One evening our whole group hustled to the airport to catch a flight to Tobago on Caribbean Airlines. They are based in Trinidad and fly 737s to North America but on this 15-minute flight it’s a Dash 8-300 that has a ton of legroom for 12 rows of seats (48 passengers). The flights are busy because locals can buy tickets for about $25 each way so we couldn’t get on an earlier flight. Instead, we all logged on to the airports free Wi-Fi and did some work. The flight going over was scary – we hit a pretty good size air pocket and everyone screamed but for the lone flight attendant. On the way back the flight was as smooth as can be.
FYI: You can’t fly to Tobago from the U.S. Mainland. If you don’t like small planes (the Dash 8 is not that small) you can opt for the two and a half hour ferry.
As I mentioned in my Trinidad post…Tobago is a 120 square miles (300 km) island that’s 25 miles (41 km) long and 7.5 miles (12 km) wide with a population of 54,000. This is by far the nicer island if you are looking to relax and get that Caribbean laid back feel.
Trinidad was a great experience and is worth visiting for the culture (especially Carnival), but Tobago is where you want to chill. There’s no better place then where we stayed which was The Villas at Stonehaven. It’s the swankiest place on the island and is where all the rock stars like Elton John, Celine Dion, Prince, and Shakira stay when they come for the annual Tobago Jazz Festival.
The Villas are part of the Small Luxury Hotels of the World collection and have been featured in all of the travel magazines and called “one of the 10 most romantic Caribbean Retreats” by CNN. There are fourteen, 3,700 square feet villas that all have private infinity pools, 50 foot verandahs, a fully stocked kitchen, and three air conditioned bedrooms with en-suite bathrooms. The most remarkable thing is room rates start at just $303 a night! The only thing I could find wrong with this place is that their internet is slow, but other than that – it’s a great deal.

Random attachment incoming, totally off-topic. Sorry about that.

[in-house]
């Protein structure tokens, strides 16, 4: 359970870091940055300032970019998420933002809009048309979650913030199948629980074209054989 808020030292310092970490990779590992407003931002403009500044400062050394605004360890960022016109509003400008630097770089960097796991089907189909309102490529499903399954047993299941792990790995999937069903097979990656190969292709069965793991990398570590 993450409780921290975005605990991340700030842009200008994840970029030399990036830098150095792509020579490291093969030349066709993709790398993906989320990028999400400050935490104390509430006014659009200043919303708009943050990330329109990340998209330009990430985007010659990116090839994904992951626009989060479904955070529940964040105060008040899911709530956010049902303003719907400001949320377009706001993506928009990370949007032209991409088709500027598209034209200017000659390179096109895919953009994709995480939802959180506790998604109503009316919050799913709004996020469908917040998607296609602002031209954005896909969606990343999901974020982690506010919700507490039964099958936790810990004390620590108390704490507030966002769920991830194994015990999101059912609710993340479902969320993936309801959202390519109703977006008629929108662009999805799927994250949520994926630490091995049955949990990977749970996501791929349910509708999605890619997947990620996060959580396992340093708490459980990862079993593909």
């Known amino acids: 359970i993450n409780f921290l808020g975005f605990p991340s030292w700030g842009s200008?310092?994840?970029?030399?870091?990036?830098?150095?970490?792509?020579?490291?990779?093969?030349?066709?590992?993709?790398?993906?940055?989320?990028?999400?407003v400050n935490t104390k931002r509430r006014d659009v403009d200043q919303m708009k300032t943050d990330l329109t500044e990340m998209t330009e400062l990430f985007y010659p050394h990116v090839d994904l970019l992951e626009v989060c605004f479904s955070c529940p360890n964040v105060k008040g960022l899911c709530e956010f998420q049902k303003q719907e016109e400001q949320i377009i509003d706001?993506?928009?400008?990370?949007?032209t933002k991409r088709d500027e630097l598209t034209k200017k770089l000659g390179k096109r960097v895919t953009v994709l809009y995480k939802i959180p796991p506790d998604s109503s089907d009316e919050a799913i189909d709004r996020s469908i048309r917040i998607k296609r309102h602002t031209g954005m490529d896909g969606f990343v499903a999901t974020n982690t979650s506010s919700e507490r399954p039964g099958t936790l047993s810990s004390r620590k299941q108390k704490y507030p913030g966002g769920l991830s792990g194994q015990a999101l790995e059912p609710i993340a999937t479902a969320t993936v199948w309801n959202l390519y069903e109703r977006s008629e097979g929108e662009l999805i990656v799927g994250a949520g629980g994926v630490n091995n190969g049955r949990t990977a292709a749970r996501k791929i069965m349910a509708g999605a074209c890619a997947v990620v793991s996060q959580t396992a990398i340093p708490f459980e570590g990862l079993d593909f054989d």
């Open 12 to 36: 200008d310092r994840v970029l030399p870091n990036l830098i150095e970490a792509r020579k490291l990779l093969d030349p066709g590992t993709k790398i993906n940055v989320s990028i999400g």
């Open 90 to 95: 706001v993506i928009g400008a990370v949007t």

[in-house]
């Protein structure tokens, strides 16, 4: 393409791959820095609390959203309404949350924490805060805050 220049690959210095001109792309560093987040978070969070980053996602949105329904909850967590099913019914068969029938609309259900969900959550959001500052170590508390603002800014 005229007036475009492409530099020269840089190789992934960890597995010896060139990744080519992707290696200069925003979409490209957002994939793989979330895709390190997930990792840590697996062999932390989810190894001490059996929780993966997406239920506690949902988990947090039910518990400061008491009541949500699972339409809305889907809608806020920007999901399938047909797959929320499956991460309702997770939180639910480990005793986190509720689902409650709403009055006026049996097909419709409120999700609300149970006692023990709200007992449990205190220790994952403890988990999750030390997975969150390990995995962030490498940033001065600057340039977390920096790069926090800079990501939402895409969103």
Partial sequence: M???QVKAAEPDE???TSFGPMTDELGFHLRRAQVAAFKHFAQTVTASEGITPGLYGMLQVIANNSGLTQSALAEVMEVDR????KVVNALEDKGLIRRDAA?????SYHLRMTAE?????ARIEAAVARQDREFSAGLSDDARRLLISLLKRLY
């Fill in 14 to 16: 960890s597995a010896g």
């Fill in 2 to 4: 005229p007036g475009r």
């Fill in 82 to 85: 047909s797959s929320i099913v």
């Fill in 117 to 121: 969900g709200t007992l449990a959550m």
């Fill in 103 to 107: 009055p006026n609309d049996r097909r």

Just after we arrived I quickly changed and jumped back in the van for a 5-minute ride to Sea Horse Inn for some good continental and Caribbean cuisine. You can sit outside under the stars and hear the ocean a hundred yards away. When a passing rain storm came through, the waiters quickly moved our table under the roof.
Did you know: “According to Wikipedia the earliest English-language source cited in the Oxford English Dictionary, Tobago bore a name that has become the English word tobacco.”
The next morning it was raining which the locals call “liquid sun.” Luckily, the liquid sun didn’t last long as we were off for a coastal boat tour of Tobago. We jumped in a 23 foot, twin engine boat run by Waterholics, and went from one secluded cove to the next. And as my colleague Eric wrote, “each more beautiful than the last.”
The highlight was Paradise Bay which has black sand beaches and can only be accessed by boat – you have to swim a hundred feet to get on shore. After a few hours we had a BBQ lunch on “No Man’s land”. One of Waterholics staffers cooked up quite a spread that included fish, chicken, salad, beans, macaroni salad, and hot dogs. We finished the afternoon by going to this shallow water sand bar they call “Nylon pool” which was named by Princess Margaret. All the tour operators end their tours there for a crazy party around 4 pm so try and get there earlier. To get you in the water they tell women they will shed 10 years of their lives while guys gain five extra inches where it counts. I’m pretty sure the latter didn’t happen but one thing I do know is I became a better traveler from having visited Trinidad and Tobago.
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